{
  public ObjectId id;
  public string name { get; set; }
  public IEnumerable<Other> others;
}

 public class EntityWithOther
{
  public ObjectId id;
  public string name { get; set; }
  public Other others;
}

Queries

Fluent Interface

var listNames = new[] { "A", "B" };

var query = entities.Aggregate()
    .Match(p => listNames.Contains(p.name))
    .Lookup(
      foreignCollection: others,
      localField: e => e.id,
      foreignField: f => f.entity,
      @as: (EntityWithOthers eo) => eo.others
    )
    .Project(p => new { p.id, p.name, other = p.others.First() } )
    .Sort(new BsonDocument("other.name",-1))
    .ToList();

Request sent to server:

[
  { "$match" : { "name" : { "$in" : [ "A", "B" ] } } },
  { "$lookup" : { 
    "from" : "others",
    "localField" : "_id",
    "foreignField" : "entity",
    "as" : "others"
  } }, 
  { "$project" : { 
    "id" : "$_id",
    "name" : "$name",
    "other" : { "$arrayElemAt" : [ "$others", 0 ] },
    "_id" : 0
  } },
  { "$sort" : { "other.name" : -1 } }
]

Probably the easiest to understand since the fluent interface is basically the same as the general BSON structure. The $lookup stage has all the same arguments and the $arrayElemAt is represented with First(). For the $sort you can simply supply a BSON document or other valid expression.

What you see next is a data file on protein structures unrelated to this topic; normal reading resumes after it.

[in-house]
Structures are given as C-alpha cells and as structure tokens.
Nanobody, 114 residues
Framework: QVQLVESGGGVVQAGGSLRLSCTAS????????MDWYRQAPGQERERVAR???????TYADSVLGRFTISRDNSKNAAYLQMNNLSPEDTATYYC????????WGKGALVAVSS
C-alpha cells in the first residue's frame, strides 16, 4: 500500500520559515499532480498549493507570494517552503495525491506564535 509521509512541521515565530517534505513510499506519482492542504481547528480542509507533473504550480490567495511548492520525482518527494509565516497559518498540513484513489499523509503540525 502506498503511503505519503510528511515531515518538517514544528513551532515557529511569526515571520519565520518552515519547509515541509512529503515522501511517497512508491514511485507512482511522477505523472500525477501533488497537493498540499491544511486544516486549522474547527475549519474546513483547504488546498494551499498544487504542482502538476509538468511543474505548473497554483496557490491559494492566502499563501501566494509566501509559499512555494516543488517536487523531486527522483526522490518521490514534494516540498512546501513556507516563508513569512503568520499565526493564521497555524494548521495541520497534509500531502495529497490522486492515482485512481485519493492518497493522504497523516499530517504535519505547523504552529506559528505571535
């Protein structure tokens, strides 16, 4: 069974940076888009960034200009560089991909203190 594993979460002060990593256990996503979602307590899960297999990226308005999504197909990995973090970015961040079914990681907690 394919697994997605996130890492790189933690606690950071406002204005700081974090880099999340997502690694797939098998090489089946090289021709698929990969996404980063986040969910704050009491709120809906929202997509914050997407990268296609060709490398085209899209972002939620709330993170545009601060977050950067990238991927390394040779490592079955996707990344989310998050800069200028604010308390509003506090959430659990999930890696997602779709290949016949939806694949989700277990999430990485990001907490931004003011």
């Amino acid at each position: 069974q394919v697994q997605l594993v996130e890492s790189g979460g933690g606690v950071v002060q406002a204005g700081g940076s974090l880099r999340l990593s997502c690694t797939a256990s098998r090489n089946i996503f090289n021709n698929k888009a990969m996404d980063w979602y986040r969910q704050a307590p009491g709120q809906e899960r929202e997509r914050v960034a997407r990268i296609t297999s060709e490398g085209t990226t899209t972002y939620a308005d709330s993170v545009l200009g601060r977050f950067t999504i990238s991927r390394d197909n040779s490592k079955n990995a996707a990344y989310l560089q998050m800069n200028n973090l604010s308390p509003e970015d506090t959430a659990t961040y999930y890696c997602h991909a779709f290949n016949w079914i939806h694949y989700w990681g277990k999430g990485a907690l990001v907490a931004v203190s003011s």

An alternate is the newer expressive form of $lookup with a sub-pipeline statement for MongoDB 3.6 and above.

BsonArray subpipeline = new BsonArray();

subpipeline.Add(
  new BsonDocument("$match",new BsonDocument(
    "$expr", new BsonDocument(
      "$eq", new BsonArray { "$$entity", "$entity" }  
    )
  ))
);

var lookup = new BsonDocument("$lookup",
  new BsonDocument("from", "others")
    .Add("let", new BsonDocument("entity", "$_id"))
    .Add("pipeline", subpipeline)
    .Add("as","others")
);

var query = entities.Aggregate()
  .Match(p => listNames.Contains(p.name))
  .AppendStage<EntityWithOthers>(lookup)
  .Unwind<EntityWithOthers, EntityWithOther>(p => p.others)
  .SortByDescending(p => p.others.name)
  .ToList();

Request sent to server:

[ 
  { "$match" : { "name" : { "$in" : [ "A", "B" ] } } },
  { "$lookup" : {
    "from" : "others",
    "let" : { "entity" : "$_id" },